Talking About The Efficacy Of Torture

The media is still buzzing with news of the Senate Intelligence Committee report on the CIA’s interrogation program – or as it’s more commonly referred to, the Torture Report. Former CIA director Michael Hayden appeared on CNN to offer a heinous defense of rectal rehydration, among other things. Dick Cheney stated unequivocally on Meet The Press that he has no regrets regarding the program and that he would “do it again in a minute.” Cheney’s defense of the program rests mainly on his conviction that he has no problem with such “enhanced interrogation” methods “so long as we achieve our objective, and our objective is to get the guys who did 9/11 and it is to avoid another attack against the United States.” It is frustrating that Cheney does not see the contradiction inherent in this argument. The report contests the idea that the CIA detention and interrogation program produced actionable intelligence. That is to say, it did not achieve its objectives. Presumably, Cheney has objections to specific interpretations that the report makes, thus justifying his position. But still, the findings of the report are corroborated by psychological and social science research that suggests that in general torture does not produce accurate results. (I provided just a few examples in a previous blog post.)

There are many who agree with Cheney and continue to defend the use of torture by the United States for reasons that I mentioned earlier. On the flip side, an equally vigorous debate has sprung up among those who are opposed to torture (both in general and in the specific case of the post/9/11 CIA program). This debate is concerned with what place efficacy has in a debate on torture. I have noticed several people on my Twitter feed are deeply concerned that we are even talking about whether such morally repugnant actions worked. They argue that this is beside the point because torture is morally wrong, against the values of the United States and thus it frankly does not matter if the program did or did not achiev its objectives. To focus on the efficacy of torture is a dangerous precedent that may validate an ethically questionable “ends justifies the means” attitude.

This perspective makes a lot of sense to me. Moreover, those expressing such a perspective are generally people whose thoughts and opinions I admire and respect. I still admire and respect these people, and read with interest most of what they post on Twitter (it’s why I’m following them) but on this point I have to disagree.

For the record, I agree with them wholeheartedly that torture is wrong and even if it had worked I would still be opposed to its use. But I have to concede that if we had solid evidence that torture worked, I think the subsequent “do the ends justifies the means?” debate is both unavoidable and, unfortunately, valid. When we talk about the Geneva Conventions, rights for prisoners of war, the distinction between combatants vs. noncombatants, and yes, torture, we are by definition engaging in a debate on where we draw the line between acceptable and unacceptable behaviour during conflict. That conversation is uncomfortable and unpleasant but deeply necessary. In order to shape the norms that govern war, we have to talk about why something is unacceptable. While I wish that the use of torture would cease on the sole basis that it is morally abhorrent, that hasn’t happened. The United States is party to the UN Convention against Torture but as we have learned that hasn’t stopped the United States from torturing people. Thus, the point that torture does not work is a boon to those of us who argue against it. As Dan Drezner commented in a Washington Post piece last week, “The trouble with debating torture’s efficacy is that if it turns out that information extracted from torture can be tactically useful, then advocates will be able to make their case more effectively in public discourse. On the other hand, if the debate takes place strictly on the moral and ethical plane, anti-torture advocates will feel on firmer ground.”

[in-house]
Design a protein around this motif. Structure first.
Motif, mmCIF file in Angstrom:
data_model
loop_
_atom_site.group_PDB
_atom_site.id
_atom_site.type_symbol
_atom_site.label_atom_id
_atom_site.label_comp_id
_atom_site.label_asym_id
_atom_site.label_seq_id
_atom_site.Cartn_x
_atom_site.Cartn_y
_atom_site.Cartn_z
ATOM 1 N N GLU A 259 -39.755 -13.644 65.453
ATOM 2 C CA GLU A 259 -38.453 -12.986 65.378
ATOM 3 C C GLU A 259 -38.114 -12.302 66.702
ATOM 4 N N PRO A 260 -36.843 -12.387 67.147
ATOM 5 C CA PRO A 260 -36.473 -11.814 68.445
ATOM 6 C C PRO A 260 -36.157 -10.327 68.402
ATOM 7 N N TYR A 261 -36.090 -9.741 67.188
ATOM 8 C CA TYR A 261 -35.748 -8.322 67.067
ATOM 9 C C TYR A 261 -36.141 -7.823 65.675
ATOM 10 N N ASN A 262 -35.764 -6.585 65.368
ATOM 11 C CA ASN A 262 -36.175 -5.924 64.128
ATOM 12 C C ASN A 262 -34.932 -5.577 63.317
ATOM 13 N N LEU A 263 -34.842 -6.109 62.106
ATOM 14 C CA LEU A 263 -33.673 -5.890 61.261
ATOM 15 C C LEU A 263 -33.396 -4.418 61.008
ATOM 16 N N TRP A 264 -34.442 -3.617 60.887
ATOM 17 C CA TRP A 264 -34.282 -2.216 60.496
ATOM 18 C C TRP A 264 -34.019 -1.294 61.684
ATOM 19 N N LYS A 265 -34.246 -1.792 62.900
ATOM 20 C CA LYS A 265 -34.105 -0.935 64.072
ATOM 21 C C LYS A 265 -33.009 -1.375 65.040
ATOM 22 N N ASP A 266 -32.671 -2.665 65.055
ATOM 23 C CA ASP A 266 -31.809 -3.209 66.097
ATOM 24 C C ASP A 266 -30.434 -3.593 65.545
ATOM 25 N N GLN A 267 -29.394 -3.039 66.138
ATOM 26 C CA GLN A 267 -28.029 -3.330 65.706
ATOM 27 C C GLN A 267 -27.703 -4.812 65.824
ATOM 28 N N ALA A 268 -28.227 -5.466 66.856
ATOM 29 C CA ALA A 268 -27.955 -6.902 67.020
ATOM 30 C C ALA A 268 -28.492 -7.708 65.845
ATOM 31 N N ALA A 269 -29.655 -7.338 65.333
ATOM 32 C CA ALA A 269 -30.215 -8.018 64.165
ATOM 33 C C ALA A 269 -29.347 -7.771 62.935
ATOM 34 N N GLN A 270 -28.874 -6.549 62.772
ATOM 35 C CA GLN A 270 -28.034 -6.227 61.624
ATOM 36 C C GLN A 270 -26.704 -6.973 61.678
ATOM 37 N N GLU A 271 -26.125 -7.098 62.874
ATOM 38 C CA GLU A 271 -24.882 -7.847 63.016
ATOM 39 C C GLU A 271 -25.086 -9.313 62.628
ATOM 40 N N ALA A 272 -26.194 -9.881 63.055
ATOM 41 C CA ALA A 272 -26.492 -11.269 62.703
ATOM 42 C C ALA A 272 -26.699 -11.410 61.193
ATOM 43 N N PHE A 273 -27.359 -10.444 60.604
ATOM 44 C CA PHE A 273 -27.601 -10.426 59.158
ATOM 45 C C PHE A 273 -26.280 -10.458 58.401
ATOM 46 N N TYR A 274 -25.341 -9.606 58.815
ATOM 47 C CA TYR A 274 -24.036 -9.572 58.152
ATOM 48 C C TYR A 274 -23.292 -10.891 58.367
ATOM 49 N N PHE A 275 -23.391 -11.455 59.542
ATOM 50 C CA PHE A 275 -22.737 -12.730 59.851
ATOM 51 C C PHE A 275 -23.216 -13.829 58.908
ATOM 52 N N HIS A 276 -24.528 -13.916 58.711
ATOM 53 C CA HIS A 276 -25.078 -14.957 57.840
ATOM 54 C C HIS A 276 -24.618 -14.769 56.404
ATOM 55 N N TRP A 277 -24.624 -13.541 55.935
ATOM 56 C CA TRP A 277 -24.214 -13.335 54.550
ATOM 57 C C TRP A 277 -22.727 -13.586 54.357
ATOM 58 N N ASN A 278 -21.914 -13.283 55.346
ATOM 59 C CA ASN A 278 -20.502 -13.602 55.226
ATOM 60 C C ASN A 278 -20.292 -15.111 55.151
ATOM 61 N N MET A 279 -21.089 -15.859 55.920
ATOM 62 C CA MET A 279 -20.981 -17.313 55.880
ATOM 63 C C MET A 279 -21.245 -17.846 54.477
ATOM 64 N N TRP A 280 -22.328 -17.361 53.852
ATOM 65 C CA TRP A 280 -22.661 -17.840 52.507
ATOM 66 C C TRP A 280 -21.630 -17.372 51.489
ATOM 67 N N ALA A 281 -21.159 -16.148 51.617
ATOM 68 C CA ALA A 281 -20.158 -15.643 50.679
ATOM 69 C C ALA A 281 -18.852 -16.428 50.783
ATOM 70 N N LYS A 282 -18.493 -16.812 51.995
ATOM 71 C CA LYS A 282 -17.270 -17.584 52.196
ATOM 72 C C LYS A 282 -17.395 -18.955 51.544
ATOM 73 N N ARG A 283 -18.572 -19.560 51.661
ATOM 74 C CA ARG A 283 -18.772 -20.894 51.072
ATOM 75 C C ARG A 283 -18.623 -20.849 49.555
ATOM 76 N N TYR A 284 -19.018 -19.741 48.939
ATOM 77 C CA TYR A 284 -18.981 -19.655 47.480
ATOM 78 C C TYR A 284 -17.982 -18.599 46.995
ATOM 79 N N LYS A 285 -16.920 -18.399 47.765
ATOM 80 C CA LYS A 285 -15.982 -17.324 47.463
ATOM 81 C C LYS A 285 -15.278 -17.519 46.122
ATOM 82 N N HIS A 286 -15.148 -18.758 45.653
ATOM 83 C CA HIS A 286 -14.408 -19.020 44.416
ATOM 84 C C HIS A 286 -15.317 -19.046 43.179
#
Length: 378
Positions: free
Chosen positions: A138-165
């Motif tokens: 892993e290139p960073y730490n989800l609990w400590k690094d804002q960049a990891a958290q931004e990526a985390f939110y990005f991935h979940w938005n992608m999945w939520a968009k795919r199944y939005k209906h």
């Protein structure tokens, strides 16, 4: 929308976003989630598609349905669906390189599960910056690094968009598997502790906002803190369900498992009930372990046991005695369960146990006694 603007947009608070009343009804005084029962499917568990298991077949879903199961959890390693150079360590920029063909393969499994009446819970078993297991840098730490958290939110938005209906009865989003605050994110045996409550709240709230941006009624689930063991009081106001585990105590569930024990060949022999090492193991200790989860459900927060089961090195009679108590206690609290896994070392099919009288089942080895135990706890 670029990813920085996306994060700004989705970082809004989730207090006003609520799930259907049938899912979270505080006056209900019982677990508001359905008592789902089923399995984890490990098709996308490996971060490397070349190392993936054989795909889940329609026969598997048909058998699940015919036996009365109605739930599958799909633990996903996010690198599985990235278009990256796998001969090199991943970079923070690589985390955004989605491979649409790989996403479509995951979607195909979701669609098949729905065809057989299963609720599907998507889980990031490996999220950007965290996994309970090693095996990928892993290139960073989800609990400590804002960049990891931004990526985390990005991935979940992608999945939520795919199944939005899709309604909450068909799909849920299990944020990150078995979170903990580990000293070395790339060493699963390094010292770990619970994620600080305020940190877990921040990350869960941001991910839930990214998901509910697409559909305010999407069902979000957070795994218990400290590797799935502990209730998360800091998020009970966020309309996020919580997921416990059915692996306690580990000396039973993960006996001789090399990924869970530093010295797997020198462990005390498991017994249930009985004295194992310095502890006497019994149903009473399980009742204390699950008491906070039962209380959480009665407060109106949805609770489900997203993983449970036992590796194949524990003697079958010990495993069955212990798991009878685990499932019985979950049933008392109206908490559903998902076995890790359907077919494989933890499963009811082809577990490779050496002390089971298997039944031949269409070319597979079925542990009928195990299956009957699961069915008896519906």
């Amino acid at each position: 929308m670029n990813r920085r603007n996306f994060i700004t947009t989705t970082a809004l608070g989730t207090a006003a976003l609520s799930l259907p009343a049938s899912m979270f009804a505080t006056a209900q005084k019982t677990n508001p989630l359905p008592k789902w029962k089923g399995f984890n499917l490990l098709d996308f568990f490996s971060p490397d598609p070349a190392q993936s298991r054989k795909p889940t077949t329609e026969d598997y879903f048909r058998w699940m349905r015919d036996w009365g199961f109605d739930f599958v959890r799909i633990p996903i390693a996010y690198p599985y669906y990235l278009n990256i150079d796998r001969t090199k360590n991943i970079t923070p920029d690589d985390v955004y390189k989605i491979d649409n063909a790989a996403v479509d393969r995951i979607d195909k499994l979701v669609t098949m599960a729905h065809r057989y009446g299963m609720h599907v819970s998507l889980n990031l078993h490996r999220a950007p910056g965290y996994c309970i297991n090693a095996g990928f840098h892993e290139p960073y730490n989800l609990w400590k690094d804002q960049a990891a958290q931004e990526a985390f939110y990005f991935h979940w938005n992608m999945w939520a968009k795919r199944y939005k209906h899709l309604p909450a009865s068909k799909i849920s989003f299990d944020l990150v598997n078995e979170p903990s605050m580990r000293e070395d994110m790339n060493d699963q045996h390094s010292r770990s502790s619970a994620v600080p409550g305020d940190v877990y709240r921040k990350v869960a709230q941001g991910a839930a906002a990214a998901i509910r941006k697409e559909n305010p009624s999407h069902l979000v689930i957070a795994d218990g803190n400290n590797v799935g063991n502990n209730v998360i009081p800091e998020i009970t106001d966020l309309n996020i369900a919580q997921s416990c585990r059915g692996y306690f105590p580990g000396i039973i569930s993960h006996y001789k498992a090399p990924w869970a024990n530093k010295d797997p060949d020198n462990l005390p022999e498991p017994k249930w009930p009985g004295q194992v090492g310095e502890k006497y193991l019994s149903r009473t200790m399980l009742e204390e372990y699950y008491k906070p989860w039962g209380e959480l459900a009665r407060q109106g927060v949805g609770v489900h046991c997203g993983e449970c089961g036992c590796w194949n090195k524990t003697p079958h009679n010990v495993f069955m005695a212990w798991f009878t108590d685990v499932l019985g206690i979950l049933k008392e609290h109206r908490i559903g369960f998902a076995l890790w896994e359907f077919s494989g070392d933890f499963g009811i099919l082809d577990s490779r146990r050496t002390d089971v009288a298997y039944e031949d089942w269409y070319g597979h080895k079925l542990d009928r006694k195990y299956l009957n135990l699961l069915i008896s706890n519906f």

Yesterday, in an article for Slate, Jamelle Bouie discussed another reason why torture is difficult for the United States government to disavow for purely moral reasons. The nature of American public opinion with respect to incarceration and torture is largely retributive and punitive. This attitude was evident in the online conversation that occurred after the torture report was published. Many individuals expressed a profound lack of remorse for the tortured on the basis that they deserved it. It seems unlikely then that arguing against torture for moral reasons will succeed in changing public opinion.

It’s a bit depressing to think that we have to substantiate an anti-torture stance with empirical evidence but such is the case with polarizing issues. Sometimes setting emotion aside and dealing with the pragmatic is the only way to break gridlock since both sides usually believe they are in the moral right. The process of getting to policy that is both effective and morally sound can involve a lot of uncomfortable debate like whether or not an end justifies a means. In the case of torture, if it can be demonstrated that an end was not achieved at all, then perhaps we will have greater success advocating for its abolition.